# Throws a stone horizontally with a velocity of 20ms-1

## Homework Statement

1. Don Joriel stands on a vertical cliff edge throwing stones into the sea below. He throws a stone horizontally with a velocity of 20ms-1, 560 m above sea level.
a. How long does it take for the stone to hit the water from leaving Don Joriel’s hand?
Use g = 9.81 ms-2 and ignore air resistance?
b. Find the distance of the stone from the base of the cliff when it hits the water.

2. When Maggie applies the brakes of her car, the car slows uniformly from 15.00 m/s to 0.00 m/s in 2.50 s. How many meters before a stop sign must she apply her brakes?

## The Attempt at a Solution

b. 20.39 m
2. 18.75 m

Hope you can help me, if got the wrong answer please show me the solution... Thanks a lot...

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rl.bhat
Homework Helper

Simon Bridge
Homework Helper

What rl.bhat said: if you don't show us what you tried or your reasoning, then we cannot know how to help you best.

wait i'll show you when i got home.. thanks...

for 1a. i use v = u + at,
b. s = ut +1/2 at squared

for 2. s = 1/2 (u +v)t

are those correct?

CAF123
Gold Member

for 1a. i use v = u + at,
b. s = ut +1/2 at squared

for 2. s = 1/2 (u +v)t

are those correct?
I don't see how you can use the equation in 1a without first knowing the final velocity of the ball (I.e the velocity of the ball prior to impact with the ground). From your answer, it seems you have assumed this to be 0, but this is not the final vertical component of velocity.

CAF123
Gold Member

For 1b, we are considering a horizontal distance. There is no acceleration of the ball in x direction so the eqn you were using simplifies to simply $s = v_{ox}t$.
For 2, if I understand the wording of the question correctly, you are correct.

I don't see how you can use the equation in 1a without first knowing the final velocity of the ball (I.e the velocity of the ball prior to impact with the ground). From your answer, it seems you have assumed this to be 0, but this is not the final vertical component of velocity.
For 1b, we are considering a horizontal distance. There is no acceleration of the ball in x direction so the eqn you were using simplifies to simply $s = v_{ox}t$.
For 2, if I understand the wording of the question correctly, you are correct.

rl.bhat
Homework Helper

for 1a. i use v = u + at,
b. s = ut +1/2 at squared

for 2. s = 1/2 (u +v)t

are those correct?
Before you attempt this problem, please go through the projectile motion.

CAF123
Gold Member

We are not allowed to simply hand over solutions. For 1a, you can use the equation $s_y = v_{oy}t - \frac{1}{2}gt^2$ right away to find the time of descent. Alternatively, the final vertical component of velocity can be found first so you can then use $v_{fy} = v_{oy} -gt$.
Yet another way is to do all three problems via sketching v-t diagrams for each of the x and y components of velocity.

We are not allowed to simply hand over solutions. For 1a, you can use the equation $s_y = v_{oy}t - \frac{1}{2}gt^2$ right away to find the time of descent. Alternatively, the final vertical component of velocity can be found first so you can then use $v_{fy} = v_{oy} -gt$.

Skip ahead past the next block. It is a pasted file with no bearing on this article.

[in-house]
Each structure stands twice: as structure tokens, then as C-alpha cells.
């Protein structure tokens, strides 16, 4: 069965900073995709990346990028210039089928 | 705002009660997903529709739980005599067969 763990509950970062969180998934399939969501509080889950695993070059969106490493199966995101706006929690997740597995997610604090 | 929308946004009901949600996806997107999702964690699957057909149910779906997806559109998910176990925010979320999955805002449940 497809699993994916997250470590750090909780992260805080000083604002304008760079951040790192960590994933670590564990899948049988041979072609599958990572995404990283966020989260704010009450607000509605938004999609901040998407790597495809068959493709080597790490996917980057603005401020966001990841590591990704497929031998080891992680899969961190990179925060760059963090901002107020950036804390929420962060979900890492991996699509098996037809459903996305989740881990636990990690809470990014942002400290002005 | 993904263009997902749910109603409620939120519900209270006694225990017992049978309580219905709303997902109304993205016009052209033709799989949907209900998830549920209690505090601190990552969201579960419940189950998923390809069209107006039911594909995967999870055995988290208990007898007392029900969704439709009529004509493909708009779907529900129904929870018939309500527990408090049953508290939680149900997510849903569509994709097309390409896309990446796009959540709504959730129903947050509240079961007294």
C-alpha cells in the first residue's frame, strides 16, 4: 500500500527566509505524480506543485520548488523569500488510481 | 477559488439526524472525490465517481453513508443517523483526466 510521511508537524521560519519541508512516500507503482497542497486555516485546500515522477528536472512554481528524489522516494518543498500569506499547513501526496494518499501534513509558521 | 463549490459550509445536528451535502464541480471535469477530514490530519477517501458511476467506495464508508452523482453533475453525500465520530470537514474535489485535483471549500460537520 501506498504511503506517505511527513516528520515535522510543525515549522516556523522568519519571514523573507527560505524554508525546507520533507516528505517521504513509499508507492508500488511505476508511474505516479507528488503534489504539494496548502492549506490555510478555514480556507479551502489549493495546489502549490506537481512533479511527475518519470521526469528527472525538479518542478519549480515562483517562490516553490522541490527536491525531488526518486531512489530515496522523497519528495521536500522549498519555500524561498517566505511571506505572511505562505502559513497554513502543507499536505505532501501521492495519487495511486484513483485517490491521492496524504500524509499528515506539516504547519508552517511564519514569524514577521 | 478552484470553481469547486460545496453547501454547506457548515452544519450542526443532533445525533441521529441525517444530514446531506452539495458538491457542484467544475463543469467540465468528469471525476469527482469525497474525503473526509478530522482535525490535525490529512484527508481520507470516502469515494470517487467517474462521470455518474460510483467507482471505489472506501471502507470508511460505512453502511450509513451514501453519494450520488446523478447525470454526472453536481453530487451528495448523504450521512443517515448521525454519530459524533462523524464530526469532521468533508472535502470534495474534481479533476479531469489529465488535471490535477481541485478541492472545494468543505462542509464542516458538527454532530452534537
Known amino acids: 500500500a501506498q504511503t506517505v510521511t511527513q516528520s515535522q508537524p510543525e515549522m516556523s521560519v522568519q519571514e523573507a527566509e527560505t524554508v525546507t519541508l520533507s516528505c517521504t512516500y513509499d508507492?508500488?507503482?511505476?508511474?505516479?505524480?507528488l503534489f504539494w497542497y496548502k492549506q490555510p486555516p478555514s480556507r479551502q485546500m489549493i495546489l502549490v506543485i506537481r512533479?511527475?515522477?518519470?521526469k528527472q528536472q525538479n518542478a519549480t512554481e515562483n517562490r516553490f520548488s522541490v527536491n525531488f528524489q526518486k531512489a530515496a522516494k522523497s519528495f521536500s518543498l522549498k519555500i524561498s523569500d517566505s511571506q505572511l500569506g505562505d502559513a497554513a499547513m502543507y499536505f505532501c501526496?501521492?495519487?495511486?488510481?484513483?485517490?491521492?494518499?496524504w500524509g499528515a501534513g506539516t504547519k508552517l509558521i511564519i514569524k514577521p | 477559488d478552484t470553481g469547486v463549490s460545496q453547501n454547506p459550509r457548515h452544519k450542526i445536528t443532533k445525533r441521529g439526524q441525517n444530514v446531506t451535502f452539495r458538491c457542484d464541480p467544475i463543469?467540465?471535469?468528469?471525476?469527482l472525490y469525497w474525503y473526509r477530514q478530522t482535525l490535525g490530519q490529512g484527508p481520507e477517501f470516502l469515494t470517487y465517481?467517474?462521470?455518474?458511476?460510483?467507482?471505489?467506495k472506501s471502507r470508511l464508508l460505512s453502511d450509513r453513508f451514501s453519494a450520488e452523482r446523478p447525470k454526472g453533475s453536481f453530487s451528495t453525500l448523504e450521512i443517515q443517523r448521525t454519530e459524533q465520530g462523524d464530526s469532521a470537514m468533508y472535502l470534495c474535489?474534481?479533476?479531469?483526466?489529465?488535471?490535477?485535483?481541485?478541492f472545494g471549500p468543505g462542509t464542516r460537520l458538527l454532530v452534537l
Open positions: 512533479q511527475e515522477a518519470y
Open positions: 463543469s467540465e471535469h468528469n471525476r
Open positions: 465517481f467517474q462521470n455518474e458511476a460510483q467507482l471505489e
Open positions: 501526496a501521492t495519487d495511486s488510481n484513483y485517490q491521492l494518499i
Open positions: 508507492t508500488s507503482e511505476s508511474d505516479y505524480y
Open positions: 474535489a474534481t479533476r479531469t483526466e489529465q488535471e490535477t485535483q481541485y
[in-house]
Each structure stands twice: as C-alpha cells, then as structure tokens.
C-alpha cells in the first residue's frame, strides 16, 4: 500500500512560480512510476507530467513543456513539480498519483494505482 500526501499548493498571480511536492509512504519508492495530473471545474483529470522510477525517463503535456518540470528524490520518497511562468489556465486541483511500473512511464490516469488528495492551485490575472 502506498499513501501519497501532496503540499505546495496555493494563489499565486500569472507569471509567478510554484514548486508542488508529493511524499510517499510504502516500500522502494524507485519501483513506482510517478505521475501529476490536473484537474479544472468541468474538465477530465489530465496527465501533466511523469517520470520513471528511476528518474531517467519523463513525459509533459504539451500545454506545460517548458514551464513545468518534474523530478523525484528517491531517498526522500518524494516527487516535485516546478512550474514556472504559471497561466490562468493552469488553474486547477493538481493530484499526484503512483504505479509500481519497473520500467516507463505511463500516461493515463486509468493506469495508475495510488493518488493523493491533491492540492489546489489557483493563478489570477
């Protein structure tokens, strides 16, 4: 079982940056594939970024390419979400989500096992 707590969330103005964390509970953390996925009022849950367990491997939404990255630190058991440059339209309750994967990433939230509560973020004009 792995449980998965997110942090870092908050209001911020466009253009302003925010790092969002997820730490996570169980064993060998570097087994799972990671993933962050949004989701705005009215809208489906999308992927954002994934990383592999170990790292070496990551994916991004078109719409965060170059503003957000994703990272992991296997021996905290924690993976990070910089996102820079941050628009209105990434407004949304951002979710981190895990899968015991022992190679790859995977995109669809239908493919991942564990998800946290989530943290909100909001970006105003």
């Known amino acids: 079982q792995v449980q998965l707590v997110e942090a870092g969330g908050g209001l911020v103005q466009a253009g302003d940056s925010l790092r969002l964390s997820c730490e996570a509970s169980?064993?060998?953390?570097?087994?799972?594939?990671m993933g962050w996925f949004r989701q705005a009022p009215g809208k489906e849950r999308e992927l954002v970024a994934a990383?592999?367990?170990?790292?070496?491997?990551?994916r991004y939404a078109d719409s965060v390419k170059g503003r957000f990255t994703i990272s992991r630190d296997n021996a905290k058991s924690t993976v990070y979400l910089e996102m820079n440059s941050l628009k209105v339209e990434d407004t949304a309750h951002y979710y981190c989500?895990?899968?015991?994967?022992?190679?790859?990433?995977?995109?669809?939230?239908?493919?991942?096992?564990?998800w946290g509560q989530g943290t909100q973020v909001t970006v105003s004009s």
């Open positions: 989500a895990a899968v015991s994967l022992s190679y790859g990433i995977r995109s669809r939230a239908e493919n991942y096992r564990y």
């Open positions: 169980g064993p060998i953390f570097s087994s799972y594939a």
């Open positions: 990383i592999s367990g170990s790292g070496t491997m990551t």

Yet another way is to do all three problems via sketching v-t diagrams for each of the x and y components of velocity.
i didnt get your equation because of so much symbols, sorry...

rl.bhat
Homework Helper

Can you find the time taken by a stone dropped from a height 560 m?

CAF123
Gold Member

Ok, for 1a, initial vertical component of velocity is 0, right? This is because the ball is projected horizontally. So in our equation, $v_{oy} =0.$ The eqn therefore reduces to $s_y = \frac{1}{2}at^2.$ If you define downwards as negative, then the ball will fall downwards 500m so $s_y = -500m.$ Think of the ball moving 500 units down the y axis (I.e starts at y =0 and finishes at y = -500). Now, if downwards is negative, a =-g and so our final equation is $-s_y = -\frac{1}{2}gt^2$ Rearrange for t and you are done with 1a.

so t = 10.68... by the way where did you get 500? is it 560?

CAF123
Gold Member

Yes, sorry 560m not 500m. For 1b, again use the relation $s_x = v_{ox}t + \frac{1}{2}at^2,$ but this time considering the x direction. No forces act on the body in the horizontal direction so ax = 0. The horizontal distance covered will be proportional to the time of flight because of a constant (non zero) horizontal component of velocity.

Simon Bridge
Homework Helper

Please tell us what you got... be specific: it makes sure we have not accidentally sent you up the wrong tree. When you show working, also be specific: we need to see your reasoning, like how you used an equation, in order to help you properly.

CAF is doing the detail work. Can you see how CAF is choosing which equation to use?

is this correct for 1a.
-560 = -1/2 (9.81) t^2
t = 10.68

im not sure if that s correct

CAF123
Gold Member

is this correct for 1a.
-560 = -1/2 (9.81) t^2
t = 10.68

im not sure if that s correct
Yes, that is correct. But do you understand why? What makes you unsure?
How did you get on with 1b?

tell me if i got 1b correct.
s = 20 m/s (10.68 s)
s = 213.6 m...

is it right?
thanks a lot....

how about the number 2? this is my solution:
s = 1/2(u+v)t
= 18.75 m

CAF123
Gold Member

Yes, all questions are correct now. I would now suggest a few more problems to make sure you are on top of things.